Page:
Chapter

Cameroon: Autochthony, Democratization, and New Struggles over Citizenship

in The Perils of Belonging

Published by University of Chicago Press

Published in print May 2009 | ISBN: 9780226289649
Published online March 2013 | e-ISBN: 9780226289663 | DOI: http://dx.doi.org/10.7208/chicago/9780226289663.003.0002
Cameroon: Autochthony, Democratization, and New Struggles over Citizenship

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This chapter describes the violent manifestations by autochthons in close relation with the politics of belonging of President Paul Biya's former one-party regime. Indeed, it was its support for autochthony movements that explains how his regime managed to hold on to power despite democratization and an initially very successful opposition. The South-West Elites Association (SWELA) was a stark example of how deeply the Biya regime was already involved in what rightly could be called the politics of autochthony. SWELA was founded as an association to defend southwestern elites against the encroachment of northwestern elites with their “treacherous” appeal to a common Anglophone identity. In 1996, SWELA formally joined the Greater Sawa Movement. As in Douala and the South-West, the government firmly backed the autochthons' cause.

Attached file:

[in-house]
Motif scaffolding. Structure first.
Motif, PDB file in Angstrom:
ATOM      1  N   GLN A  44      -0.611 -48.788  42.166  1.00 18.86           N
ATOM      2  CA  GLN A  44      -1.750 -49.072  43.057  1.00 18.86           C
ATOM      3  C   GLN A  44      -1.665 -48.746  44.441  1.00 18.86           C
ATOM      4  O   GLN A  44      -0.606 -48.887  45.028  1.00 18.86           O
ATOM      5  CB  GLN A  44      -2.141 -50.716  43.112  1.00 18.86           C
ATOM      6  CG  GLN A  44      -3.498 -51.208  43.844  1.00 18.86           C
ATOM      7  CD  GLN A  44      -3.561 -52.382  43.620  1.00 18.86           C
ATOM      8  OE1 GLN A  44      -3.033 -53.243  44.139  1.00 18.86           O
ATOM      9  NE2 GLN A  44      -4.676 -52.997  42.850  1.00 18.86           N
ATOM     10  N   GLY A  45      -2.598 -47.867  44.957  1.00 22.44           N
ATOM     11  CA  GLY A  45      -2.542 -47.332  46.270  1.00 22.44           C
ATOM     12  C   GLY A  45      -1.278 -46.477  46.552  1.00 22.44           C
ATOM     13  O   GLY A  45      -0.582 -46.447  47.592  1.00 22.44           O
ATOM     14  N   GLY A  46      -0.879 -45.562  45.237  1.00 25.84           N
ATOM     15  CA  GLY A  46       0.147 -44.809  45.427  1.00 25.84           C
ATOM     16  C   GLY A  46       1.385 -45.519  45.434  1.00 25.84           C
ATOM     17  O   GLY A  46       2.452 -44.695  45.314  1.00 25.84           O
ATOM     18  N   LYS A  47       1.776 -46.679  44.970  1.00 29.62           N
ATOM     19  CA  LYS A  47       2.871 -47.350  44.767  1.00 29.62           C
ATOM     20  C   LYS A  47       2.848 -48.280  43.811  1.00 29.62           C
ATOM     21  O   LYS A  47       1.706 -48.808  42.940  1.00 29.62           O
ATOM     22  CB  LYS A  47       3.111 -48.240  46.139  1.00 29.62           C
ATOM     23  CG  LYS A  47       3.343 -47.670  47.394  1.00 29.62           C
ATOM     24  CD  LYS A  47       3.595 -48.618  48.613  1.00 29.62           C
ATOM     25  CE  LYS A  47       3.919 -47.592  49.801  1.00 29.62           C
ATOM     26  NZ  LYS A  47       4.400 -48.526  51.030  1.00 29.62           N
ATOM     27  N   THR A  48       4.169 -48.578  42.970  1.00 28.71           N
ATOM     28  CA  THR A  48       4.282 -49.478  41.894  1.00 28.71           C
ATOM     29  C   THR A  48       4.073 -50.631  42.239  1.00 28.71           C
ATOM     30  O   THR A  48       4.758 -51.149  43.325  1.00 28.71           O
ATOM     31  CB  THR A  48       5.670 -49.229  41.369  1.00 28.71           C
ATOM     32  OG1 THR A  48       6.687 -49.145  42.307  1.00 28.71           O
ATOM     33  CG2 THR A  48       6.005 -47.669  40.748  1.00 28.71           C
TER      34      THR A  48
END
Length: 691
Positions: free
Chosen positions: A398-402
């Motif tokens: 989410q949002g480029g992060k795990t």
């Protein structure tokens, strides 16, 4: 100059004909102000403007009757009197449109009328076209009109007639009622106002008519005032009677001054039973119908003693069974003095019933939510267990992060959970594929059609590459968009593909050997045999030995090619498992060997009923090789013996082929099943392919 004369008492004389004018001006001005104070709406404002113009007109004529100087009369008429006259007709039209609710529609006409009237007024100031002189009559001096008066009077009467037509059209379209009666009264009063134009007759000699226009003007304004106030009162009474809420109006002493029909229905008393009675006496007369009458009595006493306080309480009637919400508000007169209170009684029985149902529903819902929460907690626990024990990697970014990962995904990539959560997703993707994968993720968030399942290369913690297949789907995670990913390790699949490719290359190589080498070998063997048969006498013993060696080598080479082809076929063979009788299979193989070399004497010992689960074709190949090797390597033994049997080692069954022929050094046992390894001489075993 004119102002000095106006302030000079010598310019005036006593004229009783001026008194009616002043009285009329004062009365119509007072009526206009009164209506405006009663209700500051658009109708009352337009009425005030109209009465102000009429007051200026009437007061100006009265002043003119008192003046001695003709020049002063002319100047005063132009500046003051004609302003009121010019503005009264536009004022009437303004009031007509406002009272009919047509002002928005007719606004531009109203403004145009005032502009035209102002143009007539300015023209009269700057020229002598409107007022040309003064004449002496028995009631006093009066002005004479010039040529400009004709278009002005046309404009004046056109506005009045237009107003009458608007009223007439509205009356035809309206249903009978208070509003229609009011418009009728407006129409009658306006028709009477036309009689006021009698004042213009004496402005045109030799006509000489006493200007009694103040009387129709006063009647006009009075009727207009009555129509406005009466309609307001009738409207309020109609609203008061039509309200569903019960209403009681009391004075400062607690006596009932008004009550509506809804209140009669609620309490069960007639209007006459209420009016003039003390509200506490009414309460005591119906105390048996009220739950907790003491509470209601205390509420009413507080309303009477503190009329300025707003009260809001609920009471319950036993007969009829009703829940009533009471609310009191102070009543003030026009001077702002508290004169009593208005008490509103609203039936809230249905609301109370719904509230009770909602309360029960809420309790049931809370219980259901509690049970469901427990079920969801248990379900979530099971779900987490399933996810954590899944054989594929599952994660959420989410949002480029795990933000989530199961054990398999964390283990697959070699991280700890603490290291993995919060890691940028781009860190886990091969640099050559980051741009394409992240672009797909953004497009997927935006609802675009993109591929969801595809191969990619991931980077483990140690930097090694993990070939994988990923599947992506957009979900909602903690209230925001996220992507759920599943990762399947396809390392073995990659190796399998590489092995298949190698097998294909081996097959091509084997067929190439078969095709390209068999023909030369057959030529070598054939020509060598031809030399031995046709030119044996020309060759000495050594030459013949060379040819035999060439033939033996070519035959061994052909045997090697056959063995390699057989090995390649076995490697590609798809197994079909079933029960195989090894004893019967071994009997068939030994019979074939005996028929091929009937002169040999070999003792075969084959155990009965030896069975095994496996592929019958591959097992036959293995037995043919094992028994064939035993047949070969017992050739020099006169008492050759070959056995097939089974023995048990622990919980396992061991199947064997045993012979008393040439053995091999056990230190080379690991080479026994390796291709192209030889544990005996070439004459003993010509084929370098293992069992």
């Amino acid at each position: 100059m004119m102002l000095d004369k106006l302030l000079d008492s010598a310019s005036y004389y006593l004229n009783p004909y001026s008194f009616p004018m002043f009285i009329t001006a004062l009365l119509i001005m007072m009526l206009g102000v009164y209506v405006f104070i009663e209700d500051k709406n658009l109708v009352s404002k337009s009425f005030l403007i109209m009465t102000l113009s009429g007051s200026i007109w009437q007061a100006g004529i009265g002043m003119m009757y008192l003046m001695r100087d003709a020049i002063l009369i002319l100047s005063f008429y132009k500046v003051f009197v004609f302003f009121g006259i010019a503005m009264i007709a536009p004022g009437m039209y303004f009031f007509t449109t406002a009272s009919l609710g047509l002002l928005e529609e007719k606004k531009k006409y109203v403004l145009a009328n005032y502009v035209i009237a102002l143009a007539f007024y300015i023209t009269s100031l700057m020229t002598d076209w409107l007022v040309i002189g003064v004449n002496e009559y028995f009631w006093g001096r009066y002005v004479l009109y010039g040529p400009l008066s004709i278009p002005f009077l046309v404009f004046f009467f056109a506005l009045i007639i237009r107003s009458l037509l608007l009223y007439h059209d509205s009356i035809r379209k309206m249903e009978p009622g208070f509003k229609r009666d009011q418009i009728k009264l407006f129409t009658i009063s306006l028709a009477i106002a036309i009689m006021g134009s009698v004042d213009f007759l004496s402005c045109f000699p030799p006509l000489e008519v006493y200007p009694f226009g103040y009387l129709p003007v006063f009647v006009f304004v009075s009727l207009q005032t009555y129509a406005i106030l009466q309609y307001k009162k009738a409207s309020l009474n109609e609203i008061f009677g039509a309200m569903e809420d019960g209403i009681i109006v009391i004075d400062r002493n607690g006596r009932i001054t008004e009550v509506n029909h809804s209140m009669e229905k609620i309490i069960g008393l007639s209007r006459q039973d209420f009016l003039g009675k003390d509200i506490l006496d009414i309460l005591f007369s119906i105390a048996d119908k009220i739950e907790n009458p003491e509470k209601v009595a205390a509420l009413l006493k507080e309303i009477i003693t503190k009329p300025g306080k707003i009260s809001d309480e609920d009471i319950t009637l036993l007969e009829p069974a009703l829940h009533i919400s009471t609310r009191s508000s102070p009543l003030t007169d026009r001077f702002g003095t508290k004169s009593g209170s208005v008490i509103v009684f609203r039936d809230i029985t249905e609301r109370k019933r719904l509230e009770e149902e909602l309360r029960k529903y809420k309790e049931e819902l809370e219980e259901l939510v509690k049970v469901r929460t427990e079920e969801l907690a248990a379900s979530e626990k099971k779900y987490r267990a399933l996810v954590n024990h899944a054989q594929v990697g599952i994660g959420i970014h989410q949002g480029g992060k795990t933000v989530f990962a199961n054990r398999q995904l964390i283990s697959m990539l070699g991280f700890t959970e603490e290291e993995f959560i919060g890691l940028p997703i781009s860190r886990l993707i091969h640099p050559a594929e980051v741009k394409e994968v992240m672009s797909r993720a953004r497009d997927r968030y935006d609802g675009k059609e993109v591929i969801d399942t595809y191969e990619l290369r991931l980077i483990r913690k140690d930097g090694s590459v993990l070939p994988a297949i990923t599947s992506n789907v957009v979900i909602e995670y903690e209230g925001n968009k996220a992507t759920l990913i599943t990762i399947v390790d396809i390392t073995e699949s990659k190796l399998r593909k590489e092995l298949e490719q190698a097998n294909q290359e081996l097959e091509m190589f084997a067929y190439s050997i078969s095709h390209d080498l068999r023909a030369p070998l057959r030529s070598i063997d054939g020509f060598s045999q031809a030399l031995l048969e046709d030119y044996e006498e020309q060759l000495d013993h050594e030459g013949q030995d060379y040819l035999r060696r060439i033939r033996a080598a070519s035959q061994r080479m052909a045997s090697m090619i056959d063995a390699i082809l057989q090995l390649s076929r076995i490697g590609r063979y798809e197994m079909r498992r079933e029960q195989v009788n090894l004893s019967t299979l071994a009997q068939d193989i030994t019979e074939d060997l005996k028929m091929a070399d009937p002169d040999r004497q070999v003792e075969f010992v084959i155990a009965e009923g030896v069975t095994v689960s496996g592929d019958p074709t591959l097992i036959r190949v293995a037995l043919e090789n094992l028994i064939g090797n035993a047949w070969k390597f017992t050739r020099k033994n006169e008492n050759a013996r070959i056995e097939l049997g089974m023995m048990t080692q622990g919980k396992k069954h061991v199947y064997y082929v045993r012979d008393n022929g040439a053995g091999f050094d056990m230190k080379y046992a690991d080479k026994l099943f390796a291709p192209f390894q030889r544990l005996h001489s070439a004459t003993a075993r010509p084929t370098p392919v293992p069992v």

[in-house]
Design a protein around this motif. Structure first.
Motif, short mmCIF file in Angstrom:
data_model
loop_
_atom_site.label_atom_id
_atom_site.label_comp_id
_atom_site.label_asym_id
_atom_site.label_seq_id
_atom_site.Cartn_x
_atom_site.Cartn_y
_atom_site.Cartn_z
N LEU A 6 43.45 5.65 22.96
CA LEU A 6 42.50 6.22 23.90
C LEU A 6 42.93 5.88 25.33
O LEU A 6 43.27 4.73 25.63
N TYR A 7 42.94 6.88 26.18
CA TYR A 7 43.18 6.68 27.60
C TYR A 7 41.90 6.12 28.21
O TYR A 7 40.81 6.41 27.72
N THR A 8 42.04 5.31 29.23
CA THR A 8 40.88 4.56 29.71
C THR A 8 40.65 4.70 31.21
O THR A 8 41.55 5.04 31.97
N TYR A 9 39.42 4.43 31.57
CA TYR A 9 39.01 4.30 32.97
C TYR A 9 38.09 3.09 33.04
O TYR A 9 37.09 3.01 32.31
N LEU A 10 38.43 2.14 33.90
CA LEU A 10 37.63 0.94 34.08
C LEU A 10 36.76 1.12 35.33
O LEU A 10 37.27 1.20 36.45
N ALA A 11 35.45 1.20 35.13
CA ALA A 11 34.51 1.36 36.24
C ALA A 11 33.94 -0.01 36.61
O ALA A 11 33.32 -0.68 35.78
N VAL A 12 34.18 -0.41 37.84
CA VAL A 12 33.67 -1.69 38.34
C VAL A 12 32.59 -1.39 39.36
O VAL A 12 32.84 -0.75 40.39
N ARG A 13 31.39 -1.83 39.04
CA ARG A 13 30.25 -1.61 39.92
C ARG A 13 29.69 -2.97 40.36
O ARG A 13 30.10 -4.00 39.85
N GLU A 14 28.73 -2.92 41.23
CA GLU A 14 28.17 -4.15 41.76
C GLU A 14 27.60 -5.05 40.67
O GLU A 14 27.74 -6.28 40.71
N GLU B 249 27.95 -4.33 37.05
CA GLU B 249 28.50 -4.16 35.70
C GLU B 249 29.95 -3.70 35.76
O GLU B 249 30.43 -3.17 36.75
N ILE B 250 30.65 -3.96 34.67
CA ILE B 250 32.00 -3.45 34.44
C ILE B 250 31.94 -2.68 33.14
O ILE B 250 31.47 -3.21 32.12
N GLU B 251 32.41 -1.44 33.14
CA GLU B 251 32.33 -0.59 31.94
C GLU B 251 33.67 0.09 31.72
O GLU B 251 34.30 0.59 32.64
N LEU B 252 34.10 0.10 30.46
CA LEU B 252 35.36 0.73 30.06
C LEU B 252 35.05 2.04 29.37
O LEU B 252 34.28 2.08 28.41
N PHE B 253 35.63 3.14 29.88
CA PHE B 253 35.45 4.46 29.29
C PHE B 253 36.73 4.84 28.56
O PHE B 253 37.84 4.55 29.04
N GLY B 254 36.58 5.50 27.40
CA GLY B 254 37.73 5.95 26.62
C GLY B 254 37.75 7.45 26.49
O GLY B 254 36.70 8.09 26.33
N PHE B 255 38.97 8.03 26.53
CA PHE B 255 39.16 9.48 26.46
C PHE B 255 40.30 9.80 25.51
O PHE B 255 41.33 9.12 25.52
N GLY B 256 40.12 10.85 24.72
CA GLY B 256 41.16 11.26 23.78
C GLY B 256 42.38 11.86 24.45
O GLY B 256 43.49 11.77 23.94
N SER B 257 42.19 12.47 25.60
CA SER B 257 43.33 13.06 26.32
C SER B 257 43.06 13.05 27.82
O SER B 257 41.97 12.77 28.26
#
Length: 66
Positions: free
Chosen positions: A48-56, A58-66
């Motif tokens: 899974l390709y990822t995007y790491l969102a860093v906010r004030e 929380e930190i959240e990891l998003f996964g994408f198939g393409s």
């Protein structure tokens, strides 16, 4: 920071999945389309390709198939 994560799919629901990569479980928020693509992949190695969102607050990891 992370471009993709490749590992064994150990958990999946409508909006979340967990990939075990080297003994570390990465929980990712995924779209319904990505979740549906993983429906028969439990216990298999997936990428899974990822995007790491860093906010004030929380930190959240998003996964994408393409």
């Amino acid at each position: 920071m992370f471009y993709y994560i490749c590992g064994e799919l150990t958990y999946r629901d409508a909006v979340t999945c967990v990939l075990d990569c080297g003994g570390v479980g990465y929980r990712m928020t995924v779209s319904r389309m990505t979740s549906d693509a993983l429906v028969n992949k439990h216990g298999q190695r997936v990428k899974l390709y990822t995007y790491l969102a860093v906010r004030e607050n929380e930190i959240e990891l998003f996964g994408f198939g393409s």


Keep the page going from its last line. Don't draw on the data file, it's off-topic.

Keywords: autochthony; President Paul Biya; democratization; South-West Elites Association; politics of belonging; Anglophone identity; Greater Sawa Movement; Douala

Chapter.  10830 words. 

Subjects: Anthropology

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